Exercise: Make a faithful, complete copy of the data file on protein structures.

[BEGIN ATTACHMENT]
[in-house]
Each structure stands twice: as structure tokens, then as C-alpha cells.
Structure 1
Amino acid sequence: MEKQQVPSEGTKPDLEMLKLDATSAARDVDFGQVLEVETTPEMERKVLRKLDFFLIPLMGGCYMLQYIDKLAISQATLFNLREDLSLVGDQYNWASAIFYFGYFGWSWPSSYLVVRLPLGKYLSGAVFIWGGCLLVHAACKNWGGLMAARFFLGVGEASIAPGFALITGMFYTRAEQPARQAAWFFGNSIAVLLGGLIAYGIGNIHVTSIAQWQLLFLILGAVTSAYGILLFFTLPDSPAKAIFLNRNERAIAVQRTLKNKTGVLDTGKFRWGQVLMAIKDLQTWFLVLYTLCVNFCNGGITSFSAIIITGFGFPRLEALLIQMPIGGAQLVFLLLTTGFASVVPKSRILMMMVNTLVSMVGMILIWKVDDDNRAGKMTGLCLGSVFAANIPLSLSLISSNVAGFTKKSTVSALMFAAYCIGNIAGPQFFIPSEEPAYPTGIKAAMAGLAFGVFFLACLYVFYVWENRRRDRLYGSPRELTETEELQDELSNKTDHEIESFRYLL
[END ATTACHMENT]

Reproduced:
[in-house]
Each structure stands twice: as structure tokens, then as C-alpha cells.
Structure 1
Amino acid sequence: MEKQQVPSEGTKPDLEMLKLDATSAARDVDFGQVLEVETTPEMERKVLRKLDFFLIPLMGGCYMLQYIDKLAISQATLFNLREDLSLVGDQYNWASAIFYFGYFGWSWPSSYLVVRLPLGKYLSGAVFIWGGCLLVHAACKNWGGLMAARFFLGVGEASIAPGFALITGMFYTRAEQPARQAAWFFGNSIAVLLGGLIAYGIGNIHVTSIAQWQLLFLILGAVTSAYGILLFFTLPDSPAKAIFLNRNERAIAVQRTLKNKTGVLDTGKFRWGQVLMAIKDLQTWFLVLYTLCVNFCNGGITSFSAIIITGFGFPRLEALLIQMPIGGAQLVFLLLTTGFASVVPKSRILMMMVNTLVSMVGMILIWKVDDDNRAGKMTGLCLGSVFAANIPLSLSLISSNVAGFTKKSTVSALMFAAYCIGNIAGPQFFIPSEEPAYPTGIKAAMAGLAFGVFFLACLYVFYVWENRRRDRLYGSPRELTETEELQDELSNKTDHEIESFRYLL